The star Betelgeuse visibly dimmed in 2019. Now, a new analysis reveals why: Betelgeuse blew out and is still recovering.
The red supergiant star, which is about 530 light-years from Earth, is among the brightest in the night sky. The star forms the shoulder of the constellation Orion (The Hunter). It's also geriatric: Betelgeuse is nearing the end of its stellar life and will eventually explode in a supernova visible from Earth, though it might take another 100,000 years, according to 2021 research.
In late 2019, Betelgeuse's light started to dim. By February 2020, it had lost two-thirds of its normal luminosity as seen from Earth. Scientists studying the bizarre dimming concluded that the star itself was not imminently going supernova but that a giant dust cloud had obscured some of the star's light.
Now, scientists using the Hubble Space Telescope have revealed that this dust cloud was the result of an enormous ejection from the star's surface: A plume more than 1 million miles (1.6 million kilometers) across may have risen from inside the star, producing the equivalent of a starquake, a shock that blew out a chunk of the star's surface 400 million times larger than those usually seen in the sun's coronal mass ejections, the team reported in a paper published to the preprint database arXiv and accepted by The Astrophysical Journal for publication.
"Betelgeuse continues doing some very unusual things right now; the interior is sort of bouncing," study author Andrea Dupree, associate director of the Harvard & Smithsonian Center for Astrophysics, said in a statement.
This is uncharted territory in star science, Dupree said.
"We've never before seen a huge mass ejection of the surface of a star," she said. "We are left with something going on that we don't completely understand. It's a totally new phenomenon that we can observe directly and resolve surface details with Hubble. We're watching stellar evolution in real time."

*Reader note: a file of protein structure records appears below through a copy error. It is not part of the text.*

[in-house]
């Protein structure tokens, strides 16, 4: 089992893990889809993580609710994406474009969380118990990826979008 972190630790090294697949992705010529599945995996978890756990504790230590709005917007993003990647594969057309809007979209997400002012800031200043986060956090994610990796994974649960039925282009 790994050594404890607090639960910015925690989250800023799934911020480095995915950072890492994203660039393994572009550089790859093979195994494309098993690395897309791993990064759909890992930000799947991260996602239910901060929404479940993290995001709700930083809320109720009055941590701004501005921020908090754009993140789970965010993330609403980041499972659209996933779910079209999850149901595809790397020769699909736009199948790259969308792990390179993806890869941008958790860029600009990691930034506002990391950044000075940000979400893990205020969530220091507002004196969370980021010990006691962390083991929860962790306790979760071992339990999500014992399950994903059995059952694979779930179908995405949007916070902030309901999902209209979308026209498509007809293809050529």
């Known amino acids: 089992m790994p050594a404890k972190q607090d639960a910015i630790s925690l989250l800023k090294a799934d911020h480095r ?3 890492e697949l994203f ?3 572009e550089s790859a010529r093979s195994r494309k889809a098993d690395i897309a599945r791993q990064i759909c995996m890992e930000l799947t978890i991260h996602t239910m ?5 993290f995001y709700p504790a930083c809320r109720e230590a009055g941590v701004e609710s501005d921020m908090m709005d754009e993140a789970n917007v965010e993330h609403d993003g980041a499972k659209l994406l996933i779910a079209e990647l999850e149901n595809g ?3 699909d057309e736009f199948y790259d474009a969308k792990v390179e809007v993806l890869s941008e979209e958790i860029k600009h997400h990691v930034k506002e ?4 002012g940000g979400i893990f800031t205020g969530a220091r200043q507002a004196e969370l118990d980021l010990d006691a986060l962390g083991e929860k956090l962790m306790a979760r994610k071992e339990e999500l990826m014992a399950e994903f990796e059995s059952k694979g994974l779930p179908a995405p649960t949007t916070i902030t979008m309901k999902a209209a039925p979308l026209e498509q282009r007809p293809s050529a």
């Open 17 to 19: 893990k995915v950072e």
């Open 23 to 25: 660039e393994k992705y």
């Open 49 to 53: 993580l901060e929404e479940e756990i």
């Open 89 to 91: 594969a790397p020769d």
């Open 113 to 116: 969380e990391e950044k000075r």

The new research also incorporated information from a variety of other stellar observatories, such as the STELLA Robotic Observatory in Spain's Canary Islands, and NASA's Earth-orbiting STEREO-A spacecraft. By piecing together different types of data, Dupree and her team were able to put together a narrative of the blowout and its aftermath. The eruption blew off a chunk of the star's lower atmosphere, the photosphere, leaving behind a cool spot that was further occluded by the dust cloud from the blowout. The chunk of photosphere was several times the mass of Earth's moon, according to NASA's statement.
This cool spot and dust cloud explain why Betelgeuse's light dimmed. The star is still feeling the reverberations, the researchers found. Before the eruption, Betelgeuse had a pulsating pattern, dimming and brightening on a 400-day cycle. That cycle is now gone, at least temporarily. It's possible that the convection cells inside the star are still sloshing around, disrupting this pattern, the researchers found.
The star's outer atmosphere may be back to normal, but its surface may still be jiggling like Jell-O, according to NASA's Hubblesite.
The eruption isn't evidence that Betelgeuse will go supernova anytime soon, the researchers said, but it does show how old stars lose mass. If Betelgeuse does finally die in a stellar explosion, the light will be visible in the daytime from Earth, but the star is too far away to have any other impacts on our planet.
Originally published on Live Science.
Sign up for the Live Science daily newsletter now
Get the world’s most fascinating discoveries delivered straight to your inbox.
Stephanie Pappas is a contributing writer for Live Science, covering topics ranging from geoscience to archaeology to the human brain and behavior. She was previously a senior writer for Live Science but is now a freelancer based in Denver, Colorado, and regularly contributes to Scientific American and The Monitor, the monthly magazine of the American Psychological Association. Stephanie received a bachelor's degree in psychology from the University of South Carolina and a graduate certificate in science communication from the University of California, Santa Cruz.